Rep. Charles Rangel said Monday he will not resign after being censured for 11 House ethics violations.
Rangel (D-N.Y.) said that voters in his Harlem district reelected him last month because of his long record of service in Congress, and that he'll continue to serve at their behest.
"I think it would be wrong for me to hold myself out as wanting to do a good job as I have in the past, for me to jump up and resign," Rangel added.
The House voted 333-79 last week to sanction the 80-year-old congressman with the highest internal punishment any lawmaker can receive short of expulsion.
Rangel has rebuffed calls to resign numerous times, but his comments Monday are one of the first times he repeated them following his censure.
"Where would resignation take my community, the Congress and the country?" Rangel asked. "What benefits would be received if my experience and the causes that I've supported were not fought on by me?"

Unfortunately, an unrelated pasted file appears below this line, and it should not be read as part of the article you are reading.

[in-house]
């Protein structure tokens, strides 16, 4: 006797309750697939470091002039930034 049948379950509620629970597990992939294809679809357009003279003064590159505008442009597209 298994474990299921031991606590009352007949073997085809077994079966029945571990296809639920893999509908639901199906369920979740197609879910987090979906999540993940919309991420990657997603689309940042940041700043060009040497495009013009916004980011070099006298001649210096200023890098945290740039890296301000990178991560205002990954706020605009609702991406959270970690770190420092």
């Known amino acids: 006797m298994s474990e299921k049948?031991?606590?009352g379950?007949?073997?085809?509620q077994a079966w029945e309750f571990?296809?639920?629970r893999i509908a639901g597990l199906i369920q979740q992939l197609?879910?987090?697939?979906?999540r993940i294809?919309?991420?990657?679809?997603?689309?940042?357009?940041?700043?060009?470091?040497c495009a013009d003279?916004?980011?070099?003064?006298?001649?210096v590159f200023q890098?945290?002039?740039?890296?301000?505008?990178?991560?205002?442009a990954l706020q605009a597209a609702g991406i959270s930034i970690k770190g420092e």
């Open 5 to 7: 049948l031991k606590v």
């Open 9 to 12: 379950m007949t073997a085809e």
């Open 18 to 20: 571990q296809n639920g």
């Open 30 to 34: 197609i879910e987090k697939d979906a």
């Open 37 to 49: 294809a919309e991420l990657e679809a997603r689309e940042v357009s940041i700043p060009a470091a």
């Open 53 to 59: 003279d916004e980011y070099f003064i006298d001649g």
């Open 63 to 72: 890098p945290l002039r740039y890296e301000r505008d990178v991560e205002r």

The former Ways and Means Committee chairman also swatted away a new Federal Election Commission investigation into alleged improper use of political action committee funds to pay for legal expenses related to his House ethics woes.
"The group that reported that knows that that's unfounded," Rangel said.
The complaint was filed by the right-leaning National Legal and Policy Center.